Article Text

P4.90 Which sexually transmitted infections do gay and bisexual men find most scary and why? a qualitative study
  1. D Reid1,2,4,
  2. J Datta1,2,
  3. S Wayal1,3,4,
  4. Cath Mercer,
  5. Hughes G1,4,
  6. P Weatherburn1,2
  1. 1National Institute of Health Research (NIHR) Health Protection Research Unit (HPRU) in Blood Borne and Sexually Transmitted Infections, UK
  2. 2Centre for Sexual Health and HIV, Research Department of Infection and Population Health, University College London, UK
  3. 3London School of Hygiene and Tropical Medicine, London, UK
  4. 4Public Health UK


Introduction As a result of high burden of infection, men who have sex with men (MSM) are a priority for sexually transmitted infection (STI) prevention interventions including promoting regular testing. Effective intervention design requires understanding of MSM’s knowledge and perceptions of STIs and their social representations which may affect attitudes and behaviour related to risk, testing and treatment. To inform STI prevention interventions and development of questions inclusion in an online survey that would link with surveillance data on testing and diagnosis we assessed MSM’s knowledge and attitudes towards STIs.

Methods We recruited a diverse sample of MSM in 4 English cities, through social networking and community organisations.61 MSM attended one of eight 90 min focus group discussions. Topics included knowledge of, and attitudes towards STIs. We ran a discussion and ranking exercise in which names of 11infections, specified below, printed in large font on separate sheets were laid out and respondents were asked what they knew about each and to rank them in order of most to least ‘scary’, giving reasons for their ranking. Infections included: HIV, syphilis, gonorrhoea, chlamydia, HPV/genital warts, genital herpes, Shigella, scabies, hepatitis A (HAV), B (HBV) and C (HCV). Discussions were audio recorded, transcribed and thematic data analysis conducted.

Results Participants demonstrated both wide and detailed knowledge as well as lack of awareness depending on individuals and infections. While the greatest knowledge and experience was of HIV, few had heard of or knew much about Shigella. No focus groups were unanimous in their ranking of infections and patterns were not the same across groups. HIV and HCV were ranked the two most ‘scary’ by all groups and syphilis was among the three most scary. Herpes was also ranked highly by all but one group while scabies was similarly ranked least scary. Other infections ranked between with no clear patterning within or between groups. The exercise produced a complex range of explanations relating to fear of individual infections and of STIs in general. Participants weighed up the scary and less scary attributes of the infections depending on the extent of their knowledge about and experience of them, their prevalence among MSM, associated stigma, transmission mechanisms, contagiousness, symptoms, severity and the availability, effectiveness and ease of use of vaccines, treatment and/or cure.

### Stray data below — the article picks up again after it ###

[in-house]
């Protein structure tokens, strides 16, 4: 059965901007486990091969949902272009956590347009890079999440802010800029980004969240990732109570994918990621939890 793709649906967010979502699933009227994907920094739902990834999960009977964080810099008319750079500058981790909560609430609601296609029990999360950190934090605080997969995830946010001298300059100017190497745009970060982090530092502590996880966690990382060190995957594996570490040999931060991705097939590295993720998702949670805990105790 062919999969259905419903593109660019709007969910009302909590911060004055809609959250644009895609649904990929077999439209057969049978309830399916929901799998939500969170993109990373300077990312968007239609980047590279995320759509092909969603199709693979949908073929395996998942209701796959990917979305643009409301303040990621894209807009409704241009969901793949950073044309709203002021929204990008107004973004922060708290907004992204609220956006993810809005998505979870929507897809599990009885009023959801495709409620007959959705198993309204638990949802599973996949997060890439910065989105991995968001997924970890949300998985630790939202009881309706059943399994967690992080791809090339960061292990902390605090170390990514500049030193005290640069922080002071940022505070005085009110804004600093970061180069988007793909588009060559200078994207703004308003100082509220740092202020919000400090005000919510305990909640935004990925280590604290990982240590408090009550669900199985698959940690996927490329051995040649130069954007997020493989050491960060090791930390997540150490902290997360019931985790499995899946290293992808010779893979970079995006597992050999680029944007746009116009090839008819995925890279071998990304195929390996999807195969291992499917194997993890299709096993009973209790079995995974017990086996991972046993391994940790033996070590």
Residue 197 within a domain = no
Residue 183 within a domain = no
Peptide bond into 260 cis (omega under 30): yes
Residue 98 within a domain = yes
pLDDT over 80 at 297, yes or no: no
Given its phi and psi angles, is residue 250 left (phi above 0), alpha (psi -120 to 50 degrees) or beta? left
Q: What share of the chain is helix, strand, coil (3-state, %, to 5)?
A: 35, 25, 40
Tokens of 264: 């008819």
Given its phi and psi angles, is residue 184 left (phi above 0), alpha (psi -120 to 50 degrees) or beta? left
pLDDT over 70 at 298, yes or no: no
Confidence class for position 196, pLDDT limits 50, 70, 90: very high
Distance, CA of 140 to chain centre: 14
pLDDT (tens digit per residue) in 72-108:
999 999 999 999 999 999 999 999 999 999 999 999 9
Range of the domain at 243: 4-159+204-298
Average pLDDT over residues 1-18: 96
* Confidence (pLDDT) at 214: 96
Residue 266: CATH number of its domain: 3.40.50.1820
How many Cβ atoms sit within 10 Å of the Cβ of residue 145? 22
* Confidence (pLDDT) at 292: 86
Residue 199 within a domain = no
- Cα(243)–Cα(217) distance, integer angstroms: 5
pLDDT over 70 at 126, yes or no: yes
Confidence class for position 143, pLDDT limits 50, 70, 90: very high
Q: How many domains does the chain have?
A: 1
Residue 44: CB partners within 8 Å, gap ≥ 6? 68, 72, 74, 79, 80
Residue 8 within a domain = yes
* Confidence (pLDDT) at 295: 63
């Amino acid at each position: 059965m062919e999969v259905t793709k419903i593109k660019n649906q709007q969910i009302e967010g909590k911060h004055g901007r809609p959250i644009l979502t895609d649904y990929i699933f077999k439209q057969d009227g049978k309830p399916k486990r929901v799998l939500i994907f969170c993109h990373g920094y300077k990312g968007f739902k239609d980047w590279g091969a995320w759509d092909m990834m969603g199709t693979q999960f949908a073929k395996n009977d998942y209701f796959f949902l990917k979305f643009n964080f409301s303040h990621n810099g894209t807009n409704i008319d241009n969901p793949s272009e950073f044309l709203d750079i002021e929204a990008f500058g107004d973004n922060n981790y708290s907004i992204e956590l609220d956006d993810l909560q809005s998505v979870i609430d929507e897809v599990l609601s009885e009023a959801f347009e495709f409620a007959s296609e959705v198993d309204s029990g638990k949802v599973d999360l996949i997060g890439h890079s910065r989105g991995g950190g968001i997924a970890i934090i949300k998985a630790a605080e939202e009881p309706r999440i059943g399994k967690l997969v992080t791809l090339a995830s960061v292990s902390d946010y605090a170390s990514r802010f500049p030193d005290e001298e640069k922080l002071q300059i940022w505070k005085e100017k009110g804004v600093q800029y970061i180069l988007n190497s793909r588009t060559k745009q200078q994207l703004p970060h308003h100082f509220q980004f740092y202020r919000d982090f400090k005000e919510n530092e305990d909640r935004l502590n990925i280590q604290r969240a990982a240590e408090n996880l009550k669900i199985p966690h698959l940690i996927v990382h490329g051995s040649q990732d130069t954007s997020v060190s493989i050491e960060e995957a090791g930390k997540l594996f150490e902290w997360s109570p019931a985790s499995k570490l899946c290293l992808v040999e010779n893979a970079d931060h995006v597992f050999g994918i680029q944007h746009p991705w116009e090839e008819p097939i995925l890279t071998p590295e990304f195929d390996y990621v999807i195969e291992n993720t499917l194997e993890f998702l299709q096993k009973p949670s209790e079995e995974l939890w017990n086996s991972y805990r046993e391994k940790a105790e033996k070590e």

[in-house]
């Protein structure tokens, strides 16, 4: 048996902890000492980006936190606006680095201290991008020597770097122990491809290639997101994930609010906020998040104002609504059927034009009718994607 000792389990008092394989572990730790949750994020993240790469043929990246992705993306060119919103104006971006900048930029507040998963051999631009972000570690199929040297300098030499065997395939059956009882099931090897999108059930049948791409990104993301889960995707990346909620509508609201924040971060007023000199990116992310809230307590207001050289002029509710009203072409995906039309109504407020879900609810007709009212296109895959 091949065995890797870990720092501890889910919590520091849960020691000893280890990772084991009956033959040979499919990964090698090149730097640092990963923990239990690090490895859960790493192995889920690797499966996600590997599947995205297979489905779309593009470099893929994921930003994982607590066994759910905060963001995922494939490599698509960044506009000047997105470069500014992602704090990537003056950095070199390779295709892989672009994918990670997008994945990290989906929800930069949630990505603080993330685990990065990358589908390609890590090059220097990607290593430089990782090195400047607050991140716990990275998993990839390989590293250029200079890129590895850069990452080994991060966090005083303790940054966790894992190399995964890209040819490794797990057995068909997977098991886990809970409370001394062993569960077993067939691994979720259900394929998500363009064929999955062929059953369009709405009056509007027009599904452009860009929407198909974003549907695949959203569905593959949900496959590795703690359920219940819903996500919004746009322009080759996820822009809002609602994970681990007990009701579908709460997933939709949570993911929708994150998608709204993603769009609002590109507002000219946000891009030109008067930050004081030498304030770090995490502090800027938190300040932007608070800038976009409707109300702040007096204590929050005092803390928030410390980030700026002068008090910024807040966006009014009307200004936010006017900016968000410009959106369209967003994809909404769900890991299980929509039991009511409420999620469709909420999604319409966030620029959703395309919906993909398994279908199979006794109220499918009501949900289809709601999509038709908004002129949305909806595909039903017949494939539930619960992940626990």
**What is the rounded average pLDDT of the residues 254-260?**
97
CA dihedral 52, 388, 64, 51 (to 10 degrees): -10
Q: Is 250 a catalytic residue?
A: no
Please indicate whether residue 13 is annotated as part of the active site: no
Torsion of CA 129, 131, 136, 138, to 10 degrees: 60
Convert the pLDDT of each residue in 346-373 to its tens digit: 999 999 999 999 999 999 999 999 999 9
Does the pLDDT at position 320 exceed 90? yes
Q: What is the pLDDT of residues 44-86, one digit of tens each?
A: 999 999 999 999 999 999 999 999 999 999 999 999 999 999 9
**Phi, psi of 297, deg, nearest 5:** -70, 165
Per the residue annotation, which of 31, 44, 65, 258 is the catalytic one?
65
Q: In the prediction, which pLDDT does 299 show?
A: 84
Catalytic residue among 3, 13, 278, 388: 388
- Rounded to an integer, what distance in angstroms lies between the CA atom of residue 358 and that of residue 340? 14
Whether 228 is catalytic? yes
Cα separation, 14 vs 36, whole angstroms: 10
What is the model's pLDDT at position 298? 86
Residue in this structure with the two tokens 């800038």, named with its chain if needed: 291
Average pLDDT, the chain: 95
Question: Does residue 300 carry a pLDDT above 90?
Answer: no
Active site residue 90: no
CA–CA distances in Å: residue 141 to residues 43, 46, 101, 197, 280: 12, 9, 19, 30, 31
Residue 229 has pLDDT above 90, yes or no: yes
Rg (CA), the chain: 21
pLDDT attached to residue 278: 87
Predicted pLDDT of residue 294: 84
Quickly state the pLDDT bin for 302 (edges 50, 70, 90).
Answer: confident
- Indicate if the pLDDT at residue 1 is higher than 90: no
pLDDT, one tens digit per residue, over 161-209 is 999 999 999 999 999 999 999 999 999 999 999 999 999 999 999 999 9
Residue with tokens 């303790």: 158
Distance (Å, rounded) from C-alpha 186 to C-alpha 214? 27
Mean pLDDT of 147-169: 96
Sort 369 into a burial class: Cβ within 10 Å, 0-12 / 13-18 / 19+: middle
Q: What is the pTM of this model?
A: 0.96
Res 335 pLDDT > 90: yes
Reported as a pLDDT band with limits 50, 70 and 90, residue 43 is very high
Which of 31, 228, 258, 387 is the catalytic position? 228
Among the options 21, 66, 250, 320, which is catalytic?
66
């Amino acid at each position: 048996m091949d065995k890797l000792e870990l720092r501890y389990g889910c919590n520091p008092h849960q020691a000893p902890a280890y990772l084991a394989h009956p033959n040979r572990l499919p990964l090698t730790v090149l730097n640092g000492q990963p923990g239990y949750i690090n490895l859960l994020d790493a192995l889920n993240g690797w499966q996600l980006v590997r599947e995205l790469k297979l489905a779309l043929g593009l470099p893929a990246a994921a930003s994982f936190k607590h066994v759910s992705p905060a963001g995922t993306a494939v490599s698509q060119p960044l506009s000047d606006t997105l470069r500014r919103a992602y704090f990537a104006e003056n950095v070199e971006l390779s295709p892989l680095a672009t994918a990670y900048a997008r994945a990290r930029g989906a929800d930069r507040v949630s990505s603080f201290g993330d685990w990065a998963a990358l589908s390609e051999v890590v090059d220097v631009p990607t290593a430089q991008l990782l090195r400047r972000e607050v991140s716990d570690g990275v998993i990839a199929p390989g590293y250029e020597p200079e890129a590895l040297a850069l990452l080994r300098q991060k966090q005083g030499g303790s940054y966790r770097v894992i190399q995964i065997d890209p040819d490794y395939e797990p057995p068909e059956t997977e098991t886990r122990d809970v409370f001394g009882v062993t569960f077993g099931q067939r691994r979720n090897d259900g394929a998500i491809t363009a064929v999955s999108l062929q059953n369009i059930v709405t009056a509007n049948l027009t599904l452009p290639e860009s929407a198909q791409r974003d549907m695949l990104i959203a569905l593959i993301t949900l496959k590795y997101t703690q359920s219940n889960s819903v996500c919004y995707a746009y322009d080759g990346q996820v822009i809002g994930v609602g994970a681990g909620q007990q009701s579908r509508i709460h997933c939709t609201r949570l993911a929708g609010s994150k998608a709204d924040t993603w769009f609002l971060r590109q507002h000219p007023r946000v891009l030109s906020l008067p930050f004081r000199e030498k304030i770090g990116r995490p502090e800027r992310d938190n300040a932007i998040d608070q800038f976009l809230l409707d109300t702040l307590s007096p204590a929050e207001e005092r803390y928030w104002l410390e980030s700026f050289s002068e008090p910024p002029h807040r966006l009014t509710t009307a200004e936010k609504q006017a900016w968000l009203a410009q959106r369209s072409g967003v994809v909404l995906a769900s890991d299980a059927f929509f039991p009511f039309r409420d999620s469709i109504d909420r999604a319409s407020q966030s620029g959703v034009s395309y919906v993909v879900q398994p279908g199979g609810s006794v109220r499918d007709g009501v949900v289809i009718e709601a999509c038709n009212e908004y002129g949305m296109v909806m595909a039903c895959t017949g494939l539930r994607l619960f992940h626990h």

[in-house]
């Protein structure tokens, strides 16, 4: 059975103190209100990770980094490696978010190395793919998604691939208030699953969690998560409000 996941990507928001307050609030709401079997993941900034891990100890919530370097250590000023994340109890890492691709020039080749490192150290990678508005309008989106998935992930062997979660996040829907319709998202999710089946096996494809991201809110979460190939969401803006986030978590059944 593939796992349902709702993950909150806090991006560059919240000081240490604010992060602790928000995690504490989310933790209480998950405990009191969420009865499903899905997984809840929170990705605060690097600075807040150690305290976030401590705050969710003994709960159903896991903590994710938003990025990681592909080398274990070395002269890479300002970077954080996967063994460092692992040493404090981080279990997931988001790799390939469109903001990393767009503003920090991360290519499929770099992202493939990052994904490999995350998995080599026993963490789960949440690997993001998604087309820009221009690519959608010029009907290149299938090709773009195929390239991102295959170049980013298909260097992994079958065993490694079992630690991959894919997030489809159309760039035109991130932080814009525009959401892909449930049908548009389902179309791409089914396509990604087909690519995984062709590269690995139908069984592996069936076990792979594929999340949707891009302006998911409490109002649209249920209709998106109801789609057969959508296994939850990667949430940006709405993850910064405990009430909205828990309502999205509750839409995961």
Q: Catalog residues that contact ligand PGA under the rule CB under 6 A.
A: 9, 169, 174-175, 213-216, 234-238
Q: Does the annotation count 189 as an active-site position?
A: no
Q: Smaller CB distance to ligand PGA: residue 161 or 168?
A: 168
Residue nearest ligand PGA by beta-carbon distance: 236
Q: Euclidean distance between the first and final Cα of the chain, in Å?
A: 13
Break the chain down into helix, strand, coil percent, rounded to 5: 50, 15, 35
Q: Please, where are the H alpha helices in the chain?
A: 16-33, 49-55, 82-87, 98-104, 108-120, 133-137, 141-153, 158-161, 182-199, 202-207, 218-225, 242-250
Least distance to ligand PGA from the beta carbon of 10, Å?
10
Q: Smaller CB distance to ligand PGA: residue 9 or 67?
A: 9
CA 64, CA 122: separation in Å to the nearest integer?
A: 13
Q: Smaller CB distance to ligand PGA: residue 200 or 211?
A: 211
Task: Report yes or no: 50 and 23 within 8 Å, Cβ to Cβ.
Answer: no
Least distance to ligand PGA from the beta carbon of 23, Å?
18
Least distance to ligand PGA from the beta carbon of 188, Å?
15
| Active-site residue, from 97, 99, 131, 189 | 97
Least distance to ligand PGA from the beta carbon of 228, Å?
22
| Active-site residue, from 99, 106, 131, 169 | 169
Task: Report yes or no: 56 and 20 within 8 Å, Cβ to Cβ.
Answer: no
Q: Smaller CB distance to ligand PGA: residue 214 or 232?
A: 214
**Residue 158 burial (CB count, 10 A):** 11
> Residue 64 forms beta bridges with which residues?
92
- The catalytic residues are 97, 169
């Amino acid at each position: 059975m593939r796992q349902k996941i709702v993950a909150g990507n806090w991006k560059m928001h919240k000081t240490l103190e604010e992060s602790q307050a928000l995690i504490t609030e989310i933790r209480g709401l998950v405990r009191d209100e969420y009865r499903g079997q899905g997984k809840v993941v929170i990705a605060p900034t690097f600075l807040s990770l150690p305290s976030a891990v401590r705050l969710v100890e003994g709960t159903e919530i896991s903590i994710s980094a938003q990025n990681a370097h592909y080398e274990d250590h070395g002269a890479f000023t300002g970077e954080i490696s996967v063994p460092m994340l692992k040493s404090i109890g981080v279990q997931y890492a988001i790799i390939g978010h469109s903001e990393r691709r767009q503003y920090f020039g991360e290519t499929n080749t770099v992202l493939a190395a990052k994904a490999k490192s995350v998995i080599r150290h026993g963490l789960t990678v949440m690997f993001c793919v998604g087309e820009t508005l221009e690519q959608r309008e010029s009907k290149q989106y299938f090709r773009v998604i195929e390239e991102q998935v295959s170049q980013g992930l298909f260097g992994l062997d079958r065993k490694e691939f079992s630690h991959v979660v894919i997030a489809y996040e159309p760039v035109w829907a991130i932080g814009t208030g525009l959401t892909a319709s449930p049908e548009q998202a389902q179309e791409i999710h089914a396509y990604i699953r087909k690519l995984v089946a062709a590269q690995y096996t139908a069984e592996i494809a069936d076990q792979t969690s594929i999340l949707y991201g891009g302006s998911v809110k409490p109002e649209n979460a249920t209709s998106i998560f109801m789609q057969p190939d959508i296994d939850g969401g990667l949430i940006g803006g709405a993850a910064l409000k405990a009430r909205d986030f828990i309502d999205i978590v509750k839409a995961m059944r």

Conclusion While knowledge of individual STI infections varies, knowledge and awareness about Shigella was particularly low. MSM expressed a range of nuanced concerns related to individual STI sand STI testing and treatment. Fears influence and relate to each other e.g. considerable fear of a disfiguring infection may be reduced if the treatment is seen to be relatively easy, short and effective. MSM articulated a range of concerns which were subsequently used as categories in a self-completion survey to inform STI risk reduction, testing and treatment interventions.

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